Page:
Kids aren't the only ones who feel judged during the college admissions process. A lot of parents understandably worry that their student's admissions success or failure will somehow be a reflection on their parenting, that if the dream college says, "No," it will be a sign that you just didn't do as good of a job as the other parents at the dinner party who won't stop talking about their kids' awards, SAT scores and total number of community service hours completed.
When you feel that college application anxiety start to come on, ask yourself two questions:
1. Have you raised a good kid (even if your teen occasionally tries your patience like even the best teens do)?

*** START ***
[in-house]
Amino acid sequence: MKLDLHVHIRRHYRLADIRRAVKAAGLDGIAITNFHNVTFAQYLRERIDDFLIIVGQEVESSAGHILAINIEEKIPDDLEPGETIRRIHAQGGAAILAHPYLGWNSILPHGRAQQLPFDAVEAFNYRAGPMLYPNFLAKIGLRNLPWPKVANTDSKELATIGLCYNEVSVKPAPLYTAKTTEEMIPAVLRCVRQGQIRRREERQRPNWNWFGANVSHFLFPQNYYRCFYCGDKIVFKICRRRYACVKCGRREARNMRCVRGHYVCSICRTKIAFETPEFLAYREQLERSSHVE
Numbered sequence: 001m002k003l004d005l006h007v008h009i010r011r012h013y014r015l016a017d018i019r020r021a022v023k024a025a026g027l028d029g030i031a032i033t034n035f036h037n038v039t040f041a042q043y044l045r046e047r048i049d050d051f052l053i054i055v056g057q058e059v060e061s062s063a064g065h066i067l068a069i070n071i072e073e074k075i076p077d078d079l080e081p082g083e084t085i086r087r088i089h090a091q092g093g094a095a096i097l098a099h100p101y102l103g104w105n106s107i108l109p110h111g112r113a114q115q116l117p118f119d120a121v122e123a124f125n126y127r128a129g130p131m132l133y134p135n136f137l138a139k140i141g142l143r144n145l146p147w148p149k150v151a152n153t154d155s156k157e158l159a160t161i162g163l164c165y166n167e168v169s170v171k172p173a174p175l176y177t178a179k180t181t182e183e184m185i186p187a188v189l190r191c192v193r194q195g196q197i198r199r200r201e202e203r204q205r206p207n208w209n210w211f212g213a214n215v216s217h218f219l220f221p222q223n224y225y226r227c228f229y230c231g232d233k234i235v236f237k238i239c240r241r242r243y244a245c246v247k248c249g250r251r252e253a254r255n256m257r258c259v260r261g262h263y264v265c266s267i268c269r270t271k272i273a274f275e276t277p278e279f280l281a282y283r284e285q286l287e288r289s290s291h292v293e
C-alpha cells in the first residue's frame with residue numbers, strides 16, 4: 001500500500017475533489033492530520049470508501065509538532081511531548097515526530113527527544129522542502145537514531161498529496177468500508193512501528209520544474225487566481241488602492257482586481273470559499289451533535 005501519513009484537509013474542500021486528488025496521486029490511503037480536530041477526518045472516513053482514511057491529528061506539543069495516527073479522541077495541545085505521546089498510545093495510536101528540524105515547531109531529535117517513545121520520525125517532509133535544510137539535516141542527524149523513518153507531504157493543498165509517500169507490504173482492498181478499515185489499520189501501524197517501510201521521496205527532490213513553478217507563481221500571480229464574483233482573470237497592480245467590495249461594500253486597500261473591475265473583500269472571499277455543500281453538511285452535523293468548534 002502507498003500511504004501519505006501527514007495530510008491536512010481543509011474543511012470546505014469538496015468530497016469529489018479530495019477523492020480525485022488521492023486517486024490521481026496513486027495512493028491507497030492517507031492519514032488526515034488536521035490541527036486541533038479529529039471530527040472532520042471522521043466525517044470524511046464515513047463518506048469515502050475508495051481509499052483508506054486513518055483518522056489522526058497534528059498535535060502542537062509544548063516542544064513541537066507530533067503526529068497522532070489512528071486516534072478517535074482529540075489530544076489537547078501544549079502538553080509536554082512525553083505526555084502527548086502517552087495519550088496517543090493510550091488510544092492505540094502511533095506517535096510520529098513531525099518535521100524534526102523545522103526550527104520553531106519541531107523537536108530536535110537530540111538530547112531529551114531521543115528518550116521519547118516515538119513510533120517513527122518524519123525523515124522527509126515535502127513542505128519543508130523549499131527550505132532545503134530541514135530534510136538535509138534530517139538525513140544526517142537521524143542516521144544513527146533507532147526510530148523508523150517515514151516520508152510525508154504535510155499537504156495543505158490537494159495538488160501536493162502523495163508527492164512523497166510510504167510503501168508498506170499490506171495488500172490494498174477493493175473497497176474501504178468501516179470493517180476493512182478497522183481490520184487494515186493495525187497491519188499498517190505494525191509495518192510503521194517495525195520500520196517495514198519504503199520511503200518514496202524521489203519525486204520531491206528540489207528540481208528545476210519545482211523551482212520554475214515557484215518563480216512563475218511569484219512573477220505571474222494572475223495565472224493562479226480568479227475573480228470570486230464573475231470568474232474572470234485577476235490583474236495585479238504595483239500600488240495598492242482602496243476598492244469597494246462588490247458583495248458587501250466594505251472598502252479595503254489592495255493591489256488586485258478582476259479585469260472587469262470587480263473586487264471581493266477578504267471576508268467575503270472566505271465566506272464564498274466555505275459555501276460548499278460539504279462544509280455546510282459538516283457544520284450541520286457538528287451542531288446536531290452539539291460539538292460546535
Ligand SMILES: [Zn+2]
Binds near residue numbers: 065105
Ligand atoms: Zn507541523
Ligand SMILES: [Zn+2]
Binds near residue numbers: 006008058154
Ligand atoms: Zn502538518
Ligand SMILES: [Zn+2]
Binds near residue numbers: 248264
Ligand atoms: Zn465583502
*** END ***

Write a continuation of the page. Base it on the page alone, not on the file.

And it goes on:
2. Have you done your best as a parent (even if you've occasionally made mistakes like even the best parents do)?
If you can answer "Yes" to those two questions, really, how much more can any parent reasonably be expected to do?
A parent can't control which colleges accept or deny your student. All you can do is make sure you keep answering "Yes" to those prior two questions. Instead of letting yourself feel judged, be proud of your efforts to raise a good kid and be a good parent. And remember that our entire system of education (and our society) would have collapsed long ago if the only way to become happy and successful in life were to attend one of about 40 prestigious colleges who reject almost everybody who applies.
Good kids with supportive parents will be fine no matter where they go to college.